The handful of cases in England that have reached trial stage reflect this. In 1990, in the case Luxmoore-May v. Messenger May Baverstock, a regional auctioneer successfully appealed against a decision that it had been negligent in not attributing a painting to Stubbs. The judge stressed that ‘valuation of pictures, of which the artist is unknown, pre-eminently involves an exercise of opinion and judgement…which may be fallible’, cautioning against the influence of hindsight. In 2005, although the court agreed with the claimant that a pair of vases were worth far more than a Christie’s catalogue valuation, it found that the auction house had not been negligent, and were reasonably entitled to their view. Recently however, accusations of negligence and misrepresentation brought by Avrora Fine Arts Investment against Christie’s were dismissed, but Christie’s were still made to reimburse the buyer the full amount paid for a painting that had been attributed to the Russian artist Boris Kustodiev under their warranty. Whether or not the painting was genuine was still a principle issue: deemed to be something that could only be determined by ‘an expert’s eye’, the court made its decision based on how convincing the expertise presented by each side was.
Many disputes are settled outside the courts, including one of the most prominent cases in England in recent years where Christie’s was sued for breach of duty and/or negligence in relation to Titian’s Salome with the Head of John the Baptist which was sold for £8,000 as Studio of Titian but was later valued at $4-6million. Solicitors from the art law specialists Boodle Hatfield, who represented the claimant, confirmed that the details of the final settlement were confidential, but that if these cases do not reach the courts, further clarification of the law within this field is prevented.
In the wake of the Knoedler scandal, more is being done in America to protect experts. This March a bill was presented to the New York State Legislature and New York Senate to incentivise ‘authenticators’, those recognised as having expertise regarding an artist or work of fine art or those who are able to provide evidence that serves as a direct basis for an authenticity opinion, such as forensic scientists. Acknowledging the role of authenticity as an influential factor in the art market, the bill expressly excludes anyone with a financial interest in the work of fine art being evaluated, other than being compensated for providing an opinion. By tipping the balance of proof towards the claimant, so that a claim reaches court only if there is clear and convincing evidence, and by requiring that the authenticator’s legal fees are paid if they defend themselves successfully, it is hoped that experts will be protected – in the words of Senator Betty Little, who presented the Bill – ‘from frivolous legal action while still holding them accountable for wrongful actions.’ Meanwhile in France, where the courts can compel an expert to change their opinion, the Cour de Cassation recently ruled in favour of the author of the Jean Metzinger catalogue raisonné, recognising that her refusal to authenticate a painting was a result of her ‘intimate conviction’; to force her to change it would be a breach of her right to freedom of expression under the European Convention of Human Rights.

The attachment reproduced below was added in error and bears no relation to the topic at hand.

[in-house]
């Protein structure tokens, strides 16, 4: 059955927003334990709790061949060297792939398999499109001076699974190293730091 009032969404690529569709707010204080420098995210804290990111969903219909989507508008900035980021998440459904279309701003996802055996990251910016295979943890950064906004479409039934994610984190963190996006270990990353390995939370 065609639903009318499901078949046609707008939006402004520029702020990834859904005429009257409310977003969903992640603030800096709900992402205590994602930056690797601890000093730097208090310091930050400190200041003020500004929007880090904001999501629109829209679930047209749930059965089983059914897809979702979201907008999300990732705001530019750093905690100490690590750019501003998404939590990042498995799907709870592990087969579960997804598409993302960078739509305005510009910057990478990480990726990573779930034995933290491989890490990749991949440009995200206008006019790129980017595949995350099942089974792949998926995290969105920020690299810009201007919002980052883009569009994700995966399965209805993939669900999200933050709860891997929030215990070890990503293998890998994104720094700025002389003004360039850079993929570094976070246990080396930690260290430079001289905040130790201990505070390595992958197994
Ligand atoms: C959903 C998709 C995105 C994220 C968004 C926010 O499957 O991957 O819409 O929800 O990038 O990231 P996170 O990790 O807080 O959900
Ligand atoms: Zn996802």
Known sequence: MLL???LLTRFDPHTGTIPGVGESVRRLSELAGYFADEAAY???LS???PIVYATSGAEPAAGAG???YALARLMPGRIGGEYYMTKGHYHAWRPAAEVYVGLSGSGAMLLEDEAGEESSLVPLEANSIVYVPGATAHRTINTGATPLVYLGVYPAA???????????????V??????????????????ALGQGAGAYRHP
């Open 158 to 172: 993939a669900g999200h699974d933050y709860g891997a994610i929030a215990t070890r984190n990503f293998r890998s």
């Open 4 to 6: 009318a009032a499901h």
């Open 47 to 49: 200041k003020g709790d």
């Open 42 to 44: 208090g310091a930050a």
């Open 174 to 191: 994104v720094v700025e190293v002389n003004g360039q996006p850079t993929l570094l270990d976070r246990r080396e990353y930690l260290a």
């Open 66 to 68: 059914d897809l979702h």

It is natural that buyers and dealers looking for a sound investment or risk free purchase would favour artists whose works have been comprehensively catalogued. Christophe Van de Weghe, a New York art dealer, told The Economist that if a good new catalogue raisonné of Modigliani drawings were published, sales worldwide would rise
by about a fifth. Of Gerhard Richter, who is meticulous about how his works are catalogued, dealer Kenny Schachter has said: ‘Richter’s market surely benefits from such unequivocal certainty with regard to his output, I’d say to the tune of a 20% kicker.’ But this attitude reflects a more general trend, within the trade, towards art being appreciated primarily as a commodity, rather than a matter of taste or connoisseurship. It is important that authenticators are not made immune from liability, especially given the complexities involved in the authentication process and rising financial stakes. But if opinion becomes stagnant, quite simply it could encourage familiarity over discovery, and living artists over the dead. Promoting diligent scholarship, vigilant, responsible buying and free, robust exchanges of opinion could have important repercussions that extend beyond forged works being absorbed into the market.
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‘Document dump’ reveals new details in Knoedler case (The Art Newspaper)